What struck me most about the whole Google-China thing was the surprise some people expressed that the e-mail addresses of human rights activists were being hacked at all. I mean, how many of the activists thought for a minute that their accounts were safe? No one who does that kind of work trusts their phones, their computers, anything (see, for example, Marquand's story about journalists' experiences with hacking in China).
Google should get a lot of credit, but not for saying enough is enough to a particularly egregious problem that the company alone had been suffering in silence. They should get credit for finally stating something blindingly obvious, for finally acting as if something everyone else had put up with for ages was not, actually, normal.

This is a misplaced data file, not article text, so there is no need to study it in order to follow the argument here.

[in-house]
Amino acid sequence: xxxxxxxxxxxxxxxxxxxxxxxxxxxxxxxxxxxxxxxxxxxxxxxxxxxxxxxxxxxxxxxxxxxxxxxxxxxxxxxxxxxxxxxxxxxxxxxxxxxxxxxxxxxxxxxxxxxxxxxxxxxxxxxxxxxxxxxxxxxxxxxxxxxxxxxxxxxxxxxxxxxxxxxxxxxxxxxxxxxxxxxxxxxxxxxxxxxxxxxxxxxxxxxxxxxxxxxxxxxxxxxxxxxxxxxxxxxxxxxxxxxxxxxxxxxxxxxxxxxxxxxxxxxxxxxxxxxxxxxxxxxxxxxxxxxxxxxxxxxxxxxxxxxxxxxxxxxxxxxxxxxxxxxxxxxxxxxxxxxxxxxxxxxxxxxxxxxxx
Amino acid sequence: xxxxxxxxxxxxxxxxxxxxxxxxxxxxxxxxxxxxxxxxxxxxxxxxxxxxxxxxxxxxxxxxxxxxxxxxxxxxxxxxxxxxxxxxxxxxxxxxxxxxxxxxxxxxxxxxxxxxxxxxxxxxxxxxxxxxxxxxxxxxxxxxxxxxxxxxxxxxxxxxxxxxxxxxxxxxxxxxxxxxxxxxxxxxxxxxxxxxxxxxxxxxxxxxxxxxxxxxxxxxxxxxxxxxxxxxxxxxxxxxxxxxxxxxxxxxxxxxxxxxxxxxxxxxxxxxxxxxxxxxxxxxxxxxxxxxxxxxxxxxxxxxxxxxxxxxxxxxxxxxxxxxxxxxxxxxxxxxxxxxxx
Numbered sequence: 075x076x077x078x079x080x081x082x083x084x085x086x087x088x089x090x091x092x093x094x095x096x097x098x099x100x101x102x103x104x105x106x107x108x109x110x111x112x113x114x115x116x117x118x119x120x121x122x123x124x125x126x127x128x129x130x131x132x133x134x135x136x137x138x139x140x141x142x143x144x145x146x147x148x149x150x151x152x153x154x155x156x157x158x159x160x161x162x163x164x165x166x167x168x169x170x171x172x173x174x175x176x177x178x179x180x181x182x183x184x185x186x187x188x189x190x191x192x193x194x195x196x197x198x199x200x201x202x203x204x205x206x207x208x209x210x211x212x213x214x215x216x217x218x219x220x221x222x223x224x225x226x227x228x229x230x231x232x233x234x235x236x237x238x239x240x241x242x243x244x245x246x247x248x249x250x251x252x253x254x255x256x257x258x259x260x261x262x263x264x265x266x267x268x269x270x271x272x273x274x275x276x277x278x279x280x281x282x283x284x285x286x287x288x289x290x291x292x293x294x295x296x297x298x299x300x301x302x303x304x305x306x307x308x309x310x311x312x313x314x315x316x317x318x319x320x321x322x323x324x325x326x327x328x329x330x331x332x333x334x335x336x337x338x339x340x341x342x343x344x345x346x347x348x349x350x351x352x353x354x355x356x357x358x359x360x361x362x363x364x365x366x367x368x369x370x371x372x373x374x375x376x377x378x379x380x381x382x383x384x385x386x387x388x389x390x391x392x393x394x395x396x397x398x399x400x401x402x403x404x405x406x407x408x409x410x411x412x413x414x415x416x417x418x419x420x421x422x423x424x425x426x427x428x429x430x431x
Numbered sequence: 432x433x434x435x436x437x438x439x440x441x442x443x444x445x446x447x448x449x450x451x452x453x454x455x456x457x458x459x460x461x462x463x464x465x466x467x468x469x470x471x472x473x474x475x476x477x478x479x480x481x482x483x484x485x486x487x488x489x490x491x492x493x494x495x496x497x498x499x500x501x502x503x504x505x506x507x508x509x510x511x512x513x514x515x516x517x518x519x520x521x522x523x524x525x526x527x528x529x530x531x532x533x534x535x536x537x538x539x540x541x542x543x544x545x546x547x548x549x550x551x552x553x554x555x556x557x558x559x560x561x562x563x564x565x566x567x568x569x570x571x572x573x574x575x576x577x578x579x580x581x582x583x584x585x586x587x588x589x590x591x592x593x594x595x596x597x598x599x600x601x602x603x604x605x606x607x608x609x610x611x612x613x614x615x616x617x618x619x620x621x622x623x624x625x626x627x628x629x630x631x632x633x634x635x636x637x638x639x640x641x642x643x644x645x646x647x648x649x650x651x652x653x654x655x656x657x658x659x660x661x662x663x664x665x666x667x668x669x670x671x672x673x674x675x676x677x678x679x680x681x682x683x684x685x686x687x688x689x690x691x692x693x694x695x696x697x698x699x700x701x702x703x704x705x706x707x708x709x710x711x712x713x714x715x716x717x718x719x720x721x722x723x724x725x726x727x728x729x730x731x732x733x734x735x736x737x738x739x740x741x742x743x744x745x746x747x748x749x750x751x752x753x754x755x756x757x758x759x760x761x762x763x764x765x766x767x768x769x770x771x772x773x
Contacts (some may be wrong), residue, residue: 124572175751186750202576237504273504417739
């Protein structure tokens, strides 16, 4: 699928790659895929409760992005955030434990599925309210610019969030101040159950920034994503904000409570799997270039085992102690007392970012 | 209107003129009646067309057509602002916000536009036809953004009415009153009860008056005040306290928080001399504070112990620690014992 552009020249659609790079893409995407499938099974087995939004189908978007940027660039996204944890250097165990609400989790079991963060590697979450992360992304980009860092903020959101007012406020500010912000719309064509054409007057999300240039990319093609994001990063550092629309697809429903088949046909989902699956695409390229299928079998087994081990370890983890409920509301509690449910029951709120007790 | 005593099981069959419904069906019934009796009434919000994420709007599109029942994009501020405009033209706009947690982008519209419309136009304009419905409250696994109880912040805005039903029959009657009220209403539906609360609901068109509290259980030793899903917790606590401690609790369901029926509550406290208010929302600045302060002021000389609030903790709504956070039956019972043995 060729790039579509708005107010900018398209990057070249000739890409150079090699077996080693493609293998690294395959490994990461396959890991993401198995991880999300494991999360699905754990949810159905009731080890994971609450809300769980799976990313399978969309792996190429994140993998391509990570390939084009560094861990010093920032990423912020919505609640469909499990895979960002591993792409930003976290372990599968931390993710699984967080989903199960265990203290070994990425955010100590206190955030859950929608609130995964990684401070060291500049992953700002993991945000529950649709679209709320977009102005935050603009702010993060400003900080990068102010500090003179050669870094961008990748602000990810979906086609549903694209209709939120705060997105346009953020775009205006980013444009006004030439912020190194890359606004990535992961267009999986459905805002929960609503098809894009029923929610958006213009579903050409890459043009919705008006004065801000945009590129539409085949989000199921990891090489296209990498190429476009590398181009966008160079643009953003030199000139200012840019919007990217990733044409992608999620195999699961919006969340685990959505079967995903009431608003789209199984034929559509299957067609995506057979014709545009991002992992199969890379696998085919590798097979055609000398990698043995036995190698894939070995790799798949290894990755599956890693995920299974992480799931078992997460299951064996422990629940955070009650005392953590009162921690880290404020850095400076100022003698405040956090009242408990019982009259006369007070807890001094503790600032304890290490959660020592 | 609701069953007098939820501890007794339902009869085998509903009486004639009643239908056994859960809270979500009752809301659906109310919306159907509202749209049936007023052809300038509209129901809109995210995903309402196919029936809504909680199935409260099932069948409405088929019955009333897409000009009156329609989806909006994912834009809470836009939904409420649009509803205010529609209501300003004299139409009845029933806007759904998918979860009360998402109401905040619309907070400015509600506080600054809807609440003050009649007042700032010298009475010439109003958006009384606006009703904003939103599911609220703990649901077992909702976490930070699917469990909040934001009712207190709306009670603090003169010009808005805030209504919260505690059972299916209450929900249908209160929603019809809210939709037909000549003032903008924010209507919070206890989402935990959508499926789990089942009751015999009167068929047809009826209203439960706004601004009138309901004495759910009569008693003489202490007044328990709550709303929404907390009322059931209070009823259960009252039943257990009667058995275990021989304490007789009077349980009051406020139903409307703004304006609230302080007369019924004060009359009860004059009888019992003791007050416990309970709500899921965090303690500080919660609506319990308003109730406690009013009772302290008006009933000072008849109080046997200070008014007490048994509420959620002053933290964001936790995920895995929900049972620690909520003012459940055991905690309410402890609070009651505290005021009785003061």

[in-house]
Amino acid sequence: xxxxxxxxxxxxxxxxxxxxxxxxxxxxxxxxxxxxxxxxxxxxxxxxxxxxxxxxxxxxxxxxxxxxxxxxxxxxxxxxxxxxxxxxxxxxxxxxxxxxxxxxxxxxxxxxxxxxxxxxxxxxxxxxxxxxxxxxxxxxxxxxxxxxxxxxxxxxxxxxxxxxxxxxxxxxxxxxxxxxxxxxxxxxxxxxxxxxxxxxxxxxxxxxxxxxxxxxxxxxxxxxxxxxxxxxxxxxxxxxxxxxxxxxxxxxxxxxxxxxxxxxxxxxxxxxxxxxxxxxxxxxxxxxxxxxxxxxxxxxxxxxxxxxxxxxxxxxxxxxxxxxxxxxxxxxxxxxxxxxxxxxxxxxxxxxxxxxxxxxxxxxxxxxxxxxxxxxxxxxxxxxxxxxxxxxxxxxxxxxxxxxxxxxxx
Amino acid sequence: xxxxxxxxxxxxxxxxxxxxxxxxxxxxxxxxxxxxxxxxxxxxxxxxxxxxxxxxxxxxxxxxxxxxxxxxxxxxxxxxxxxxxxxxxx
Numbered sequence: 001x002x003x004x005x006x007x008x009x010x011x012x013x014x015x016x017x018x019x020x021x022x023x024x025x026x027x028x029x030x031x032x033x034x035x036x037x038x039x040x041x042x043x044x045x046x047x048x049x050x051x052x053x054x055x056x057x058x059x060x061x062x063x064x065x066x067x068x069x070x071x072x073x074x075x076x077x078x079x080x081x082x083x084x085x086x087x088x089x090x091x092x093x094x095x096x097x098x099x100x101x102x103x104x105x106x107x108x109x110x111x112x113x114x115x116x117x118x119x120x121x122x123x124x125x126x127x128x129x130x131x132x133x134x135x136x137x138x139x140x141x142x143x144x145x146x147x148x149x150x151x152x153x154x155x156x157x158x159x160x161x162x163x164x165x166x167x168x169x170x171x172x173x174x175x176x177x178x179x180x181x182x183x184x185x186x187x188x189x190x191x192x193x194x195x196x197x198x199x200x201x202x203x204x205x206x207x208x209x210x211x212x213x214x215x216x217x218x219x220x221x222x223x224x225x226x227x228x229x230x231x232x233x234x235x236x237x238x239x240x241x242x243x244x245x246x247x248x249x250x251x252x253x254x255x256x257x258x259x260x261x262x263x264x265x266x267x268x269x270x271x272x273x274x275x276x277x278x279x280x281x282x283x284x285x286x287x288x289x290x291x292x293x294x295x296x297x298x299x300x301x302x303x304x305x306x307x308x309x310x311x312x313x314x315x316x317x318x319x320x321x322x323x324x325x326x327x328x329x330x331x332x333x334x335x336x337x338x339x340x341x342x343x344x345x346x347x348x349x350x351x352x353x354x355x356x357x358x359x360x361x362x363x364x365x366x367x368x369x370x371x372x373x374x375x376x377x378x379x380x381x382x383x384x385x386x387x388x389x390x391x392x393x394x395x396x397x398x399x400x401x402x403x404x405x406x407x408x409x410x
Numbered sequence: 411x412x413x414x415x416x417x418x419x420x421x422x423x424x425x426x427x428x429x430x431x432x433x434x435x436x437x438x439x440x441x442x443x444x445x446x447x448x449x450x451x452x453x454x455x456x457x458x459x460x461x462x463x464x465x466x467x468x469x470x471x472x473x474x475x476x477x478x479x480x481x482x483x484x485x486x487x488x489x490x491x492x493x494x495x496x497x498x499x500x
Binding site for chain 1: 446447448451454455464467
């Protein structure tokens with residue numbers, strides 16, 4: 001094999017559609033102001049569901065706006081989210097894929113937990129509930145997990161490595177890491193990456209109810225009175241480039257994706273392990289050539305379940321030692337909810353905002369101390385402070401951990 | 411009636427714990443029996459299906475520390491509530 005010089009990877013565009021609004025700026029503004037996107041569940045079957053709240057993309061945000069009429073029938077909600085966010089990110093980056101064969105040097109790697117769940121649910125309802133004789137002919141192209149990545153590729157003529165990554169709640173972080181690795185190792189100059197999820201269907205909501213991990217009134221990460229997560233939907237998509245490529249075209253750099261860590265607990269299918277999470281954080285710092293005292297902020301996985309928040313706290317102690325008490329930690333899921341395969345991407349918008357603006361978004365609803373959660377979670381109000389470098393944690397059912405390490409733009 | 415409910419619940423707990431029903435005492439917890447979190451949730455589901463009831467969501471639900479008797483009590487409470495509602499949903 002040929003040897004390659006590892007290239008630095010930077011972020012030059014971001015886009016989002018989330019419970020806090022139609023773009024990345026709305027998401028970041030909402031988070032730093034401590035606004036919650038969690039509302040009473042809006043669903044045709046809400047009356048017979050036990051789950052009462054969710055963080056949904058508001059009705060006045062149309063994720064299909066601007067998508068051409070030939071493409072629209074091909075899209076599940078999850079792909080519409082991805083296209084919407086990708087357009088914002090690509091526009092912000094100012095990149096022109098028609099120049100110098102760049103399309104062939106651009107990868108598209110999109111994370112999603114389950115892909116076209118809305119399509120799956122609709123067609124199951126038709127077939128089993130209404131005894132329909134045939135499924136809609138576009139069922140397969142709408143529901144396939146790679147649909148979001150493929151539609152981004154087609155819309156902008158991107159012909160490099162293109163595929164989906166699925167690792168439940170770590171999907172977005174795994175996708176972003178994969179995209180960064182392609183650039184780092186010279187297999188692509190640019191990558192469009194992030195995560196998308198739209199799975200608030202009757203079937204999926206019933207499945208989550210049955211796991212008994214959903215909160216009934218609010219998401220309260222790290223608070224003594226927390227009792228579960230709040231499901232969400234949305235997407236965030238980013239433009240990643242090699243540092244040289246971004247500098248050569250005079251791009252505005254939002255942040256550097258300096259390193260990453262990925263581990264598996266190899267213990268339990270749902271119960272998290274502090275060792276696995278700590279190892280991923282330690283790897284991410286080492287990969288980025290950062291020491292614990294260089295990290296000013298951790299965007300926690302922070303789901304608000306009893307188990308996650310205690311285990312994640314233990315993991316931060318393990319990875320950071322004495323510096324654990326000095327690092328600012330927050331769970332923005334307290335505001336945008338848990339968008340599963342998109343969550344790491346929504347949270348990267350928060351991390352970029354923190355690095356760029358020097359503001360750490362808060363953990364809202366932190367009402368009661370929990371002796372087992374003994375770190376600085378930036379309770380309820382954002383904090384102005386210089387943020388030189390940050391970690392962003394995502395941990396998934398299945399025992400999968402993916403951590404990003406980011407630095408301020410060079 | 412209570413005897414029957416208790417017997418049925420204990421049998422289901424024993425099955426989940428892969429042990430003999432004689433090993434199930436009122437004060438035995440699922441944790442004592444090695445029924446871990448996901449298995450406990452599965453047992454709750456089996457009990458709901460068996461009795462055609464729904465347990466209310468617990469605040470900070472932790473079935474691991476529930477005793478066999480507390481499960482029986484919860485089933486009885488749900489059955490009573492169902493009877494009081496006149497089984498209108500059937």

The sharpness of China's reaction---Google's decision was on the cover of the Chinese-language, paper edition of the nationalist Global Times the next day; the English-language China Daily followed with a deceptive "point-counterpoint"-style piece on Google the next day, if I recall correctly---was surprising for me. But maybe it shouldn't have been. Stating the obvious is sometimes a big deal.